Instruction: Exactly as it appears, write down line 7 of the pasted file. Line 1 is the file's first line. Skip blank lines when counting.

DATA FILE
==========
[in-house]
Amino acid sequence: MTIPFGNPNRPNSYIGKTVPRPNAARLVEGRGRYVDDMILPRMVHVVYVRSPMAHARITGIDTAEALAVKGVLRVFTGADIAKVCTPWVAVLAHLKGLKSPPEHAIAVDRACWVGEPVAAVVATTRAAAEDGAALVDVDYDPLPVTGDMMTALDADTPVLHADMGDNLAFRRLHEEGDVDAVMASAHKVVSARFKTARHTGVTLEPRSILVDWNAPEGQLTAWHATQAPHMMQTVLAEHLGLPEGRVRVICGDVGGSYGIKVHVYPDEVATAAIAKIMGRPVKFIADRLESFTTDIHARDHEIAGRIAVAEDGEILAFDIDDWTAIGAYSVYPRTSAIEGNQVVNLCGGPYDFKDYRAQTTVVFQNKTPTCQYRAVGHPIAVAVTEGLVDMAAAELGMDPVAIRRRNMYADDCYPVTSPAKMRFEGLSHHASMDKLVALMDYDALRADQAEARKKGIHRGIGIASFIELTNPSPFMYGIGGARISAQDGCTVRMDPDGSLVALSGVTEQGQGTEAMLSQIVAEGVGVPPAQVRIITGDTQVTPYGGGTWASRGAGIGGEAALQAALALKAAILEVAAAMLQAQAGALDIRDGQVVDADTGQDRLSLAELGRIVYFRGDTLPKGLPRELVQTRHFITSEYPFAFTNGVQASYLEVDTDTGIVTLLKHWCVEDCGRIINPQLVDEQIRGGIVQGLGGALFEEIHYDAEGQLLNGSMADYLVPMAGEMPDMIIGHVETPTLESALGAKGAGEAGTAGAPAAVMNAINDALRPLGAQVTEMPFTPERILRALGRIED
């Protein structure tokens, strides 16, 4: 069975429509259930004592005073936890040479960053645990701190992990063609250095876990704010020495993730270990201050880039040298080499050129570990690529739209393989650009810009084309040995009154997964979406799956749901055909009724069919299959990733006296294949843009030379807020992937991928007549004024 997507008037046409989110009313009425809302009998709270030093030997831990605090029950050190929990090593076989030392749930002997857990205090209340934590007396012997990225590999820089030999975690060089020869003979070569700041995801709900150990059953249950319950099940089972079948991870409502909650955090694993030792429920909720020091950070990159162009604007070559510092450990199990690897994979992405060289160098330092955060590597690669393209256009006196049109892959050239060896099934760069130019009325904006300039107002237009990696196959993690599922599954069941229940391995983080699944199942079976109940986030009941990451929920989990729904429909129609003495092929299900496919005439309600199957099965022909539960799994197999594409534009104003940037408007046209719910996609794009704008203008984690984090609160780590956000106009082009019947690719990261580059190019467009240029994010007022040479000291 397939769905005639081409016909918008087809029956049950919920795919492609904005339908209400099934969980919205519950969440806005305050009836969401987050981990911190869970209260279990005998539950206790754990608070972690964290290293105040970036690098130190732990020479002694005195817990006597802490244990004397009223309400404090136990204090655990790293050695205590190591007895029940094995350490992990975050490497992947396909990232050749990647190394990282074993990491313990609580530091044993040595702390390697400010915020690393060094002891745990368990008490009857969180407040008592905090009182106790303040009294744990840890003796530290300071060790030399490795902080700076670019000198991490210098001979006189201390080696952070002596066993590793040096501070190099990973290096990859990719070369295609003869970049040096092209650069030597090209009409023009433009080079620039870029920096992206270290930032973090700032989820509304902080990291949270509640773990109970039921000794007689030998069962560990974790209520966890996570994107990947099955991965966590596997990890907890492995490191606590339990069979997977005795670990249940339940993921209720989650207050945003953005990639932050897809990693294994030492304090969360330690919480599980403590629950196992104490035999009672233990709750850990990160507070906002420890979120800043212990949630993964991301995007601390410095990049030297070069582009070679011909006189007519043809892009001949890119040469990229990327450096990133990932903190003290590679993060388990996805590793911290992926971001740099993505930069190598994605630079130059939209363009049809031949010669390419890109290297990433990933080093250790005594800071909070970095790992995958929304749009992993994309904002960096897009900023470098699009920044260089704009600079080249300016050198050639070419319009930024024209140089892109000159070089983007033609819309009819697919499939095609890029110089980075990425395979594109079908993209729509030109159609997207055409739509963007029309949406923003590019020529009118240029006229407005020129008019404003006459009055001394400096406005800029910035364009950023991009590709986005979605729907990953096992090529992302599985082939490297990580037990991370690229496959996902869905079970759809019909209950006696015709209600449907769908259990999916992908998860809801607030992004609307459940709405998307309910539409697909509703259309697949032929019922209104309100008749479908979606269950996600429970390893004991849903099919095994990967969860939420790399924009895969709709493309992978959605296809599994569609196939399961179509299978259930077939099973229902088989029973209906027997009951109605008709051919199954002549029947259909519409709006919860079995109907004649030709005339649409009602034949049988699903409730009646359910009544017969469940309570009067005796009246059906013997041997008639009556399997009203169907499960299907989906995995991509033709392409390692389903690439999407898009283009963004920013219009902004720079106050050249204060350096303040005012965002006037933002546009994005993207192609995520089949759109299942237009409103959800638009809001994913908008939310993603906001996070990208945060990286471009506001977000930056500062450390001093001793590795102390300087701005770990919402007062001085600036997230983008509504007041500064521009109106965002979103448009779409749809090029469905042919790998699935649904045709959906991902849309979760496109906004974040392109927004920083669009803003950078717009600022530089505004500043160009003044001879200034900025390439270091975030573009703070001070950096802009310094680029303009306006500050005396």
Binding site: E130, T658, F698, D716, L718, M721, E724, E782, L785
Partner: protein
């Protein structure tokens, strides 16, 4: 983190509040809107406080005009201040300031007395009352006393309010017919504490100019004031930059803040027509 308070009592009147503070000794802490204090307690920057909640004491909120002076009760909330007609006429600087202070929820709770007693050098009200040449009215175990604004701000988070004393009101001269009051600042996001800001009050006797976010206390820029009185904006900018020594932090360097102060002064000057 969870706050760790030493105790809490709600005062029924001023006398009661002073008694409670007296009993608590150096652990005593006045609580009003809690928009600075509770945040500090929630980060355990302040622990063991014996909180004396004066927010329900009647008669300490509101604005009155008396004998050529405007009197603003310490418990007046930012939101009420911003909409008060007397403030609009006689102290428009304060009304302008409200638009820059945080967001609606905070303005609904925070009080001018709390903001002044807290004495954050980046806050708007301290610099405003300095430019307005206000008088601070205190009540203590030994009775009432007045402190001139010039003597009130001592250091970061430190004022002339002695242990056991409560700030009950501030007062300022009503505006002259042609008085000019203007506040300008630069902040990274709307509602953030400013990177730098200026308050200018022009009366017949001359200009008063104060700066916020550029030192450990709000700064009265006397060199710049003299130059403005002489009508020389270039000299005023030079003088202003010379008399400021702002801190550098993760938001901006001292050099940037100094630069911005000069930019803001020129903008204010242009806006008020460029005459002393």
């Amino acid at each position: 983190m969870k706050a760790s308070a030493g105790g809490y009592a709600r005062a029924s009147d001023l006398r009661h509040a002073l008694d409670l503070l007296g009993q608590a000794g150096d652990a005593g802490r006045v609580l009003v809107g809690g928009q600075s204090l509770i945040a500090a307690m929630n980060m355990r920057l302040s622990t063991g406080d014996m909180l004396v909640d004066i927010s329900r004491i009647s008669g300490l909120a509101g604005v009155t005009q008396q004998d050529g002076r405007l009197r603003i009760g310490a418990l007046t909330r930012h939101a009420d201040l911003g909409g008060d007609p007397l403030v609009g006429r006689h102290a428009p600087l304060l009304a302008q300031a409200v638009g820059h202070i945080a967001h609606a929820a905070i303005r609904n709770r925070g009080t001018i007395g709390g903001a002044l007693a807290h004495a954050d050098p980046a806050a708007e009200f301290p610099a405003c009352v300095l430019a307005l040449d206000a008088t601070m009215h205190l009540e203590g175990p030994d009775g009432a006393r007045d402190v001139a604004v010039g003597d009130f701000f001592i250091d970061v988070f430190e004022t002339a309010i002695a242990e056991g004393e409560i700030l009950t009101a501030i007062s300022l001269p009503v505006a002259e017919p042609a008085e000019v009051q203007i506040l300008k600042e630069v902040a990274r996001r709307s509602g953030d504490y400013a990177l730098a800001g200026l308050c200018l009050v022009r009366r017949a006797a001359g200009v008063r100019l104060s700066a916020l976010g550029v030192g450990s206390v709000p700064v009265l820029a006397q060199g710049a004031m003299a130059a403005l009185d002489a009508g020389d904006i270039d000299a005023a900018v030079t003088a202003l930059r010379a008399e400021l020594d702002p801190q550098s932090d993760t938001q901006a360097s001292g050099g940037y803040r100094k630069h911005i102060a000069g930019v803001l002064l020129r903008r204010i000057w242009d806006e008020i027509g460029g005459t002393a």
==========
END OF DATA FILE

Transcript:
């Amino acid at each position: 983190m969870k706050a760790s308070a030493g105790g809490y009592a709600r005062a029924s009147d001023l006398r009661h509040a002073l008694d409670l503070l007296g009993q608590a000794g150096d652990a005593g802490r006045v609580l009003v809107g809690g928009q600075s204090l509770i945040a500090a307690m929630n980060m355990r920057l302040s622990t063991g406080d014996m909180l004396v909640d004066i927010s329900r004491i009647s008669g300490l909120a509101g604005v009155t005009q008396q004998d050529g002076r405007l009197r603003i009760g310490a418990l007046t909330r930012h939101a009420d201040l911003g909409g008060d007609p007397l403030v609009g006429r006689h102290a428009p600087l304060l009304a302008q300031a409200v638009g820059h202070i945080a967001h609606a929820a905070i303005r609904n709770r925070g009080t001018i007395g709390g903001a002044l007693a807290h004495a954050d050098p980046a806050a708007e009200f301290p610099a405003c009352v300095l430019a307005l040449d206000a008088t601070m009215h205190l009540e203590g175990p030994d009775g009432a006393r007045d402190v001139a604004v010039g003597d009130f701000f001592i250091d970061v988070f430190e004022t002339a309010i002695a242990e056991g004393e409560i700030l009950t009101a501030i007062s300022l001269p009503v505006a002259e017919p042609a008085e000019v009051q203007i506040l300008k600042e630069v902040a990274r996001r709307s509602g953030d504490y400013a990177l730098a800001g200026l308050c200018l009050v022009r009366r017949a006797a001359g200009v008063r100019l104060s700066a916020l976010g550029v030192g450990s206390v709000p700064v009265l820029a006397q060199g710049a004031m003299a130059a403005l009185d002489a009508g020389d904006i270039d000299a005023a900018v030079t003088a202003l930059r010379a008399e400021l020594d702002p801190q550098s932090d993760t938001q901006a360097s001292g050099g940037y803040r100094k630069h911005i102060a000069g930019v803001l002064l020129r903008r204010i000057w242009d806006e008020i027509g460029g005459t002393a």